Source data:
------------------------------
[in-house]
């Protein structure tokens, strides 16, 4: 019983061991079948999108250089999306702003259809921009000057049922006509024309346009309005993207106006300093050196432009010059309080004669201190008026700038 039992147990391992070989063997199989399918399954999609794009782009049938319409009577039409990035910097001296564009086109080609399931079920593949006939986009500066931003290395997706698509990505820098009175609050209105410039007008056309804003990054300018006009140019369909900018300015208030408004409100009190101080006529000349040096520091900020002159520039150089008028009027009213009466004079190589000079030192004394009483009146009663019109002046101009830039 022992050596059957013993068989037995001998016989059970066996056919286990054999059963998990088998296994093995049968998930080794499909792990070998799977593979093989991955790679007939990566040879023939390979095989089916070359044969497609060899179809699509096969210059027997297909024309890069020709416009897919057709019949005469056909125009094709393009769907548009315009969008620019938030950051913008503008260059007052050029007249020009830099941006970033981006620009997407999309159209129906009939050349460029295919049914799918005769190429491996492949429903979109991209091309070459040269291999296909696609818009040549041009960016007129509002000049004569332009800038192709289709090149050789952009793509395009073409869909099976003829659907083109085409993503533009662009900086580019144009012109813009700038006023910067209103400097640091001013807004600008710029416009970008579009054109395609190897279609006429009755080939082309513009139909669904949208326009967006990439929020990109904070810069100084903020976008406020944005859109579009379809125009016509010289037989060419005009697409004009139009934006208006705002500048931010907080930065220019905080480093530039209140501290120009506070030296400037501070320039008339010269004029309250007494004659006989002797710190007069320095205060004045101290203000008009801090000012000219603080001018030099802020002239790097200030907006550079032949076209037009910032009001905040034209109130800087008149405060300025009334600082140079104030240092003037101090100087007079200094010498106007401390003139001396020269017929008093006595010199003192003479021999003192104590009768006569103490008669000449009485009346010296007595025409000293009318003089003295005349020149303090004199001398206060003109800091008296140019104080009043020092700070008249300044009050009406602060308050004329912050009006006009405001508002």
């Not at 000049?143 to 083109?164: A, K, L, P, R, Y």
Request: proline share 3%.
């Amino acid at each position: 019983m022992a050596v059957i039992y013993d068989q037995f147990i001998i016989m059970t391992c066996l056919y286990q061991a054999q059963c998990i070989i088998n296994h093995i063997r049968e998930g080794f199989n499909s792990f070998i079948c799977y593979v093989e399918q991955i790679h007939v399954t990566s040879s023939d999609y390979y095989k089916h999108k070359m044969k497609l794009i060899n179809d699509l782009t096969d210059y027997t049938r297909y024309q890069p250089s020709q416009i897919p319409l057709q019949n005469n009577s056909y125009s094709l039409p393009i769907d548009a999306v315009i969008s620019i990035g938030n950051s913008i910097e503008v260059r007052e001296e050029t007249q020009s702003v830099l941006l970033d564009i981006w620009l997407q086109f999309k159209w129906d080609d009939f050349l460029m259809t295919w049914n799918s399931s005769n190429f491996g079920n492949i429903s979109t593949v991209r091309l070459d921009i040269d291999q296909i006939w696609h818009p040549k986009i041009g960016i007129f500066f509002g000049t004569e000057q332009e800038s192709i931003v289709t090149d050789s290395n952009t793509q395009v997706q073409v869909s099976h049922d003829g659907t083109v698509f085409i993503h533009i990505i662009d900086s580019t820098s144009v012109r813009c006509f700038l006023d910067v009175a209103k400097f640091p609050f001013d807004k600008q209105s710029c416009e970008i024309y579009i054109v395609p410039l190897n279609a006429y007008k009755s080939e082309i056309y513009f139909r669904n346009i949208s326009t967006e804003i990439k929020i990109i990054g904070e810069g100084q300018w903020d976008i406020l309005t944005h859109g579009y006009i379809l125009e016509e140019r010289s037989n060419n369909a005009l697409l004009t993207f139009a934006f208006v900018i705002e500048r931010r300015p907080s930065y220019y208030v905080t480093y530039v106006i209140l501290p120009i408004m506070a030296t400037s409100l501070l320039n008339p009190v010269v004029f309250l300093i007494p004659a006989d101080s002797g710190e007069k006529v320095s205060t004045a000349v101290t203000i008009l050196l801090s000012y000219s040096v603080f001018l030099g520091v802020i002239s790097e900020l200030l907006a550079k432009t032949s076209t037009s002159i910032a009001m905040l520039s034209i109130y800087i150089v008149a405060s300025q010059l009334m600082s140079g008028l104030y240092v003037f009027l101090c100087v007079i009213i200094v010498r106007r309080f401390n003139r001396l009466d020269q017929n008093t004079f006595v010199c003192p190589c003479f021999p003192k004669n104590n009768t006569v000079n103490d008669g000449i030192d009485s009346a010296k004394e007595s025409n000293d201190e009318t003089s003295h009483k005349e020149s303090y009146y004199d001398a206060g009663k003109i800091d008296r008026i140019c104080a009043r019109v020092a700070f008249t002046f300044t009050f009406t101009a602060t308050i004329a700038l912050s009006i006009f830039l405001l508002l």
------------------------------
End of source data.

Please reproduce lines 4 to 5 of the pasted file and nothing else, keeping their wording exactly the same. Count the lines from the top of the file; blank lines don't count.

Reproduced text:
Request: proline share 3%.
């Amino acid at each position: 019983m022992a050596v059957i039992y013993d068989q037995f147990i001998i016989m059970t391992c066996l056919y286990q061991a054999q059963c998990i070989i088998n296994h093995i063997r049968e998930g080794f199989n499909s792990f070998i079948c799977y593979v093989e399918q991955i790679h007939v399954t990566s040879s023939d999609y390979y095989k089916h999108k070359m044969k497609l794009i060899n179809d699509l782009t096969d210059y027997t049938r297909y024309q890069p250089s020709q416009i897919p319409l057709q019949n005469n009577s056909y125009s094709l039409p393009i769907d548009a999306v315009i969008s620019i990035g938030n950051s913008i910097e503008v260059r007052e001296e050029t007249q020009s702003v830099l941006l970033d564009i981006w620009l997407q086109f999309k159209w129906d080609d009939f050349l460029m259809t295919w049914n799918s399931s005769n190429f491996g079920n492949i429903s979109t593949v991209r091309l070459d921009i040269d291999q296909i006939w696609h818009p040549k986009i041009g960016i007129f500066f509002g000049t004569e000057q332009e800038s192709i931003v289709t090149d050789s290395n952009t793509q395009v997706q073409v869909s099976h049922d003829g659907t083109v698509f085409i993503h533009i990505i662009d900086s580019t820098s144009v012109r813009c006509f700038l006023d910067v009175a209103k400097f640091p609050f001013d807004k600008q209105s710029c416009e970008i024309y579009i054109v395609p410039l190897n279609a006429y007008k009755s080939e082309i056309y513009f139909r669904n346009i949208s326009t967006e804003i990439k929020i990109i990054g904070e810069g100084q300018w903020d976008i406020l309005t944005h859109g579009y006009i379809l125009e016509e140019r010289s037989n060419n369909a005009l697409l004009t993207f139009a934006f208006v900018i705002e500048r931010r300015p907080s930065y220019y208030v905080t480093y530039v106006i209140l501290p120009i408004m506070a030296t400037s409100l501070l320039n008339p009190v010269v004029f309250l300093i007494p004659a006989d101080s002797g710190e007069k006529v320095s205060t004045a000349v101290t203000i008009l050196l801090s000012y000219s040096v603080f001018l030099g520091v802020i002239s790097e900020l200030l907006a550079k432009t032949s076209t037009s002159i910032a009001m905040l520039s034209i109130y800087i150089v008149a405060s300025q010059l009334m600082s140079g008028l104030y240092v003037f009027l101090c100087v007079i009213i200094v010498r106007r309080f401390n003139r001396l009466d020269q017929n008093t004079f006595v010199c003192p190589c003479f021999p003192k004669n104590n009768t006569v000079n103490d008669g000449i030192d009485s009346a010296k004394e007595s025409n000293d201190e009318t003089s003295h009483k005349e020149s303090y009146y004199d001398a206060g009663k003109i800091d008296r008026i140019c104080a009043r019109v020092a700070f008249t002046f300044t009050f009406t101009a602060t308050i004329a700038l912050s009006i006009f830039l405001l508002l």